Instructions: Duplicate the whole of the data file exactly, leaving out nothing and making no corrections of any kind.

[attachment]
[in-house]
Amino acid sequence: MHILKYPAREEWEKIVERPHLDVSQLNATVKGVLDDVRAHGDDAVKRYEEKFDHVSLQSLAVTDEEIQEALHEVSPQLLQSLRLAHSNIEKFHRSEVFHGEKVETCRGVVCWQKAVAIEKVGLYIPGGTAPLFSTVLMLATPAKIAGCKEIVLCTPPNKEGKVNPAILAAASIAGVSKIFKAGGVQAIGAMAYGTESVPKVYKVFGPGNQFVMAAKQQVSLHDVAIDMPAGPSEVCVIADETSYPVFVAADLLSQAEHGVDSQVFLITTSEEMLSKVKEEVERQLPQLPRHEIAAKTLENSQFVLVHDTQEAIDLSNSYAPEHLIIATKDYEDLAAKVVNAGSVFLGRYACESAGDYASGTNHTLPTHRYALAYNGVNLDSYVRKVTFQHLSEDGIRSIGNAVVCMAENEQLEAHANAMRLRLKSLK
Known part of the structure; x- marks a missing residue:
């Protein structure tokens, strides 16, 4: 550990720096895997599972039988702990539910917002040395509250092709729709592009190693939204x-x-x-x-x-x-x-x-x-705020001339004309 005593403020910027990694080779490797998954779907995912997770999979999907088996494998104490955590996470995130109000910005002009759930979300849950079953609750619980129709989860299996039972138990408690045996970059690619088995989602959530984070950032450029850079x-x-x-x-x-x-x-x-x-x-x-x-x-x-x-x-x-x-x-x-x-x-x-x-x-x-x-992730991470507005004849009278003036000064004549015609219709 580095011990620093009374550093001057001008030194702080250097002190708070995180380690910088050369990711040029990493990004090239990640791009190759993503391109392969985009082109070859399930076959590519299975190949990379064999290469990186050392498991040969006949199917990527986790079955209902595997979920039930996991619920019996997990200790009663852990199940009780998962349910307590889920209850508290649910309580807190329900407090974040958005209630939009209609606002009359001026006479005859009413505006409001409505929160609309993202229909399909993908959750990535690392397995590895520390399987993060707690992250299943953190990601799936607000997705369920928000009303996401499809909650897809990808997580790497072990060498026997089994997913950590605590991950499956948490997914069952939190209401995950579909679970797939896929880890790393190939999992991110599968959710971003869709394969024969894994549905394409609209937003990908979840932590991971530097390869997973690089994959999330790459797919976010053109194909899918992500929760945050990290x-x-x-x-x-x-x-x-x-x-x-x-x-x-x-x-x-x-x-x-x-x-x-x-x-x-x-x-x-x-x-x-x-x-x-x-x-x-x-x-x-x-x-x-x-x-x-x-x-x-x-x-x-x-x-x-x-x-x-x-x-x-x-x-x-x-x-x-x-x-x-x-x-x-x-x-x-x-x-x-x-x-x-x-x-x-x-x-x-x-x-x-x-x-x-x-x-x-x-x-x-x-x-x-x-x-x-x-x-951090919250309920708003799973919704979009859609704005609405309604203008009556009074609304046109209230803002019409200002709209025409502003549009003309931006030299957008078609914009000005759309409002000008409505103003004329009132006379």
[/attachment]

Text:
[in-house]
Amino acid sequence: MHILKYPAREEWEKIVERPHLDVSQLNATVKGVLDDVRAHGDDAVKRYEEKFDHVSLQSLAVTDEEIQEALHEVSPQLLQSLRLAHSNIEKFHRSEVFHGEKVETCRGVVCWQKAVAIEKVGLYIPGGTAPLFSTVLMLATPAKIAGCKEIVLCTPPNKEGKVNPAILAAASIAGVSKIFKAGGVQAIGAMAYGTESVPKVYKVFGPGNQFVMAAKQQVSLHDVAIDMPAGPSEVCVIADETSYPVFVAADLLSQAEHGVDSQVFLITTSEEMLSKVKEEVERQLPQLPRHEIAAKTLENSQFVLVHDTQEAIDLSNSYAPEHLIIATKDYEDLAAKVVNAGSVFLGRYACESAGDYASGTNHTLPTHRYALAYNGVNLDSYVRKVTFQHLSEDGIRSIGNAVVCMAENEQLEAHANAMRLRLKSLK
Known part of the structure; x- marks a missing residue:
């Protein structure tokens, strides 16, 4: 550990720096895997599972039988702990539910917002040395509250092709729709592009190693939204x-x-x-x-x-x-x-x-x-705020001339004309 005593403020910027990694080779490797998954779907995912997770999979999907088996494998104490955590996470995130109000910005002009759930979300849950079953609750619980129709989860299996039972138990408690045996970059690619088995989602959530984070950032450029850079x-x-x-x-x-x-x-x-x-x-x-x-x-x-x-x-x-x-x-x-x-x-x-x-x-x-x-992730991470507005004849009278003036000064004549015609219709 580095011990620093009374550093001057001008030194702080250097002190708070995180380690910088050369990711040029990493990004090239990640791009190759993503391109392969985009082109070859399930076959590519299975190949990379064999290469990186050392498991040969006949199917990527986790079955209902595997979920039930996991619920019996997990200790009663852990199940009780998962349910307590889920209850508290649910309580807190329900407090974040958005209630939009209609606002009359001026006479005859009413505006409001409505929160609309993202229909399909993908959750990535690392397995590895520390399987993060707690992250299943953190990601799936607000997705369920928000009303996401499809909650897809990808997580790497072990060498026997089994997913950590605590991950499956948490997914069952939190209401995950579909679970797939896929880890790393190939999992991110599968959710971003869709394969024969894994549905394409609209937003990908979840932590991971530097390869997973690089994959999330790459797919976010053109194909899918992500929760945050990290x-x-x-x-x-x-x-x-x-x-x-x-x-x-x-x-x-x-x-x-x-x-x-x-x-x-x-x-x-x-x-x-x-x-x-x-x-x-x-x-x-x-x-x-x-x-x-x-x-x-x-x-x-x-x-x-x-x-x-x-x-x-x-x-x-x-x-x-x-x-x-x-x-x-x-x-x-x-x-x-x-x-x-x-x-x-x-x-x-x-x-x-x-x-x-x-x-x-x-x-x-x-x-x-x-x-x-x-x-951090919250309920708003799973919704979009859609704005609405309604203008009556009074609304046109209230803002019409200002709209025409502003549009003309931006030299957008078609914009000005759309409002000008409505103003004329009132006379």